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I want to specifically invoke the base class method; what's the most concise way to do this? For example:

class Base
{
public:
  bool operator != (Base&);
};

class Child : public Base
{
public:
  bool operator != (Child& child_)
  {
    if(Base::operator!=(child_))  // Is there a more concise syntax than this?
      return true;

    // ... Some other comparisons that Base does not know about ...

    return false;
  }
};
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And also is the way I'm doing it considered a "standard"? e.g. will it work on any compilers? –  ShaChris23 Mar 12 '10 at 17:39
    
KISS: keep it simple... Add is_equal function to the base class and use it in the child class. –  alexkr Mar 12 '10 at 17:40
    
@AlexKR: thanks for the suggestion. Though, I have a real reason why I have to use these operators..=( –  ShaChris23 Mar 12 '10 at 17:45
2  
The operator!= should be a const method, and take const parameters. –  KennyTM Mar 12 '10 at 18:04
    
@KennyTM: thanks for the info. I intentionally left those out just to get the post up quickly. =) –  ShaChris23 Mar 12 '10 at 20:14

5 Answers 5

up vote 8 down vote accepted

No, that is as concise as it gets. Base::operator!= is the name of the method.

And yes, what you are doing is standard.

However, in your example (unless you have removed some code), you do not need Child::operator!= at all. It does the same thing as Base::operator!= will.

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@Andrew: thanks for the remark. Though, as you have guessed, I did remove some code just to simplify the question. =) –  ShaChris23 Mar 12 '10 at 17:51

1

if ( *((Base*)this) != child_ ) return true;

2

if ( *(static_cast<Base*>(this)) != child_ ) return true;

3

class Base  
{  
public:  
  bool operator != (Base&);  
  Base       & getBase()       { return *this;}
  Base const & getBase() const { return *this;}
}; 

if ( getBase() != child_ ) return true;
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Thanks for showing more ways to achieve what I asked. ;-) –  ShaChris23 Mar 12 '10 at 17:50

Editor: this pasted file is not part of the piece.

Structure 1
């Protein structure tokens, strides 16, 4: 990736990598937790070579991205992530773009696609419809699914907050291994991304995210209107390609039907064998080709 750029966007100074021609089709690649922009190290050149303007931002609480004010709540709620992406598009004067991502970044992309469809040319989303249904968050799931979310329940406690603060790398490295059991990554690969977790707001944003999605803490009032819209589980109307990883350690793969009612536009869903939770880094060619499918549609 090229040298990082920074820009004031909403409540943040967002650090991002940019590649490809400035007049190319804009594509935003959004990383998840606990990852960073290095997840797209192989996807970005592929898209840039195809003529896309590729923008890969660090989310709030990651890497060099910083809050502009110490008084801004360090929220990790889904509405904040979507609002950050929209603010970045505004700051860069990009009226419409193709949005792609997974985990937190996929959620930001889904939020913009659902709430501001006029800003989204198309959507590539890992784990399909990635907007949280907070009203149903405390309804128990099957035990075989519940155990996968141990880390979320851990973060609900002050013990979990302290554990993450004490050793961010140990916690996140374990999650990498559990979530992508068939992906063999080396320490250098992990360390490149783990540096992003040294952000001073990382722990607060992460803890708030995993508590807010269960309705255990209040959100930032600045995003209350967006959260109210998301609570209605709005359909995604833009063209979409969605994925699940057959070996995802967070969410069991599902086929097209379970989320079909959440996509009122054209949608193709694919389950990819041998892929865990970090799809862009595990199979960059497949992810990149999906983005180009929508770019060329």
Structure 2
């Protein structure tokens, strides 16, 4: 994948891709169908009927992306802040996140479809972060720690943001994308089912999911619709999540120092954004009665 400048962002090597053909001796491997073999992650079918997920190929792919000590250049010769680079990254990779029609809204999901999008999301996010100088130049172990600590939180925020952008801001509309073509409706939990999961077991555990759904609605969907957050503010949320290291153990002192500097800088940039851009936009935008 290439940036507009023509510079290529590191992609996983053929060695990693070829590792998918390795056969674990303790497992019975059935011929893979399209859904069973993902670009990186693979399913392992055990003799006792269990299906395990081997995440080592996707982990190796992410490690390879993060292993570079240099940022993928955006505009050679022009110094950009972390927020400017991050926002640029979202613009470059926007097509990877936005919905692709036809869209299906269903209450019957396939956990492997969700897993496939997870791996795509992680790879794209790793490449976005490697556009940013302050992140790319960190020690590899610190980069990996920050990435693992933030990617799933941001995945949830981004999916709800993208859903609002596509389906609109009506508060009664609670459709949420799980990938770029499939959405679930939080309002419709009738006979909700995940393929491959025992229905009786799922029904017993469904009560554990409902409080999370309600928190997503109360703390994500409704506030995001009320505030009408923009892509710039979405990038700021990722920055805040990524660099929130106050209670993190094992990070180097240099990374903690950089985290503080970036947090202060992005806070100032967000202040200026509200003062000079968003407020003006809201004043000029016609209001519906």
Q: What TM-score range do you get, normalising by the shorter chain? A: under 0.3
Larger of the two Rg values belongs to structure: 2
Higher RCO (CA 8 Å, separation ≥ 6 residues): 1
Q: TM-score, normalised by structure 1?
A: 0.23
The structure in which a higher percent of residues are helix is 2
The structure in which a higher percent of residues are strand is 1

Careful! This only works because you are calling non-virtual functions! –  user123456 Mar 12 '10 at 19:57

What you're doing is the most concise and "standard" way to do it, but some people prefer this:

class SomeBase
{
public:
    bool operator!=(const SomeBaseClass& other);
};

class SomeObject: public SomeBase
{
    typedef SomeBase base;  // Define alias for base class

public:
    bool operator!=(const SomeObject &other)
    {
        // Use alias
        if (base::operator!=(other))
            return true;

        // ...

        return false;
    }
};

The benefits of this method is that it clarifies intention, it gives you a standard abbreviation for what could be a long base-class name, and if your base class changes, you don't have to change every use of the base.

See Using "super" in C++ for additional discussion.

(Personally, I don't care for this, and I don't recommend it, but I think it is one valid answer to the question.)

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+1 for mentioning this: "... and if your base class changes, you don't have to change every use of the base." Thanks! –  ShaChris23 Mar 12 '10 at 20:15
if (condition) return true;
return false;

can be abbreviated to

return condition;
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I'd get rid of the if/then control structure and just return the return value of the base class operator, but otherwise what you're doing is fine.

It can be a bit more concise, though: return ((Base&)*this) != child_;

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If he's going to do that, he may as well just get rid of the function altogether, and let the base class be called. I think it's clear that the "Some other comparisons" section should be filled in with code. –  Kristopher Johnson Mar 12 '10 at 18:06

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